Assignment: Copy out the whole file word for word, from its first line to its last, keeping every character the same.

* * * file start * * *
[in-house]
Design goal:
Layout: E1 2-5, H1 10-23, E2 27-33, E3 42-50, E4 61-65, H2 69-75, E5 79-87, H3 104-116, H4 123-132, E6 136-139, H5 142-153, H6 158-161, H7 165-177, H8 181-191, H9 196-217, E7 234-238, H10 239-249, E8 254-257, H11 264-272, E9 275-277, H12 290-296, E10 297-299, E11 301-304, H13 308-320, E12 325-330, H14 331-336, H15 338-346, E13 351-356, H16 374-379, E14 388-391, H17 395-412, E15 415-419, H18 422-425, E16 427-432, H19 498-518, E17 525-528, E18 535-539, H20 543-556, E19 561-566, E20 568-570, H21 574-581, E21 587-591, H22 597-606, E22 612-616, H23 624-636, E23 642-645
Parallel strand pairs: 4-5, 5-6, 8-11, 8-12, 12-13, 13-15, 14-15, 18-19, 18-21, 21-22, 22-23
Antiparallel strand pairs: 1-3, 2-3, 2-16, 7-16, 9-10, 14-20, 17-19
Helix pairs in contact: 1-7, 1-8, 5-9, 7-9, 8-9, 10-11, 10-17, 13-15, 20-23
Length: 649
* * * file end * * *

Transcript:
[in-house]
Design goal:
Layout: E1 2-5, H1 10-23, E2 27-33, E3 42-50, E4 61-65, H2 69-75, E5 79-87, H3 104-116, H4 123-132, E6 136-139, H5 142-153, H6 158-161, H7 165-177, H8 181-191, H9 196-217, E7 234-238, H10 239-249, E8 254-257, H11 264-272, E9 275-277, H12 290-296, E10 297-299, E11 301-304, H13 308-320, E12 325-330, H14 331-336, H15 338-346, E13 351-356, H16 374-379, E14 388-391, H17 395-412, E15 415-419, H18 422-425, E16 427-432, H19 498-518, E17 525-528, E18 535-539, H20 543-556, E19 561-566, E20 568-570, H21 574-581, E21 587-591, H22 597-606, E22 612-616, H23 624-636, E23 642-645
Parallel strand pairs: 4-5, 5-6, 8-11, 8-12, 12-13, 13-15, 14-15, 18-19, 18-21, 21-22, 22-23
Antiparallel strand pairs: 1-3, 2-3, 2-16, 7-16, 9-10, 14-20, 17-19
Helix pairs in contact: 1-7, 1-8, 5-9, 7-9, 8-9, 10-11, 10-17, 13-15, 20-23
Length: 649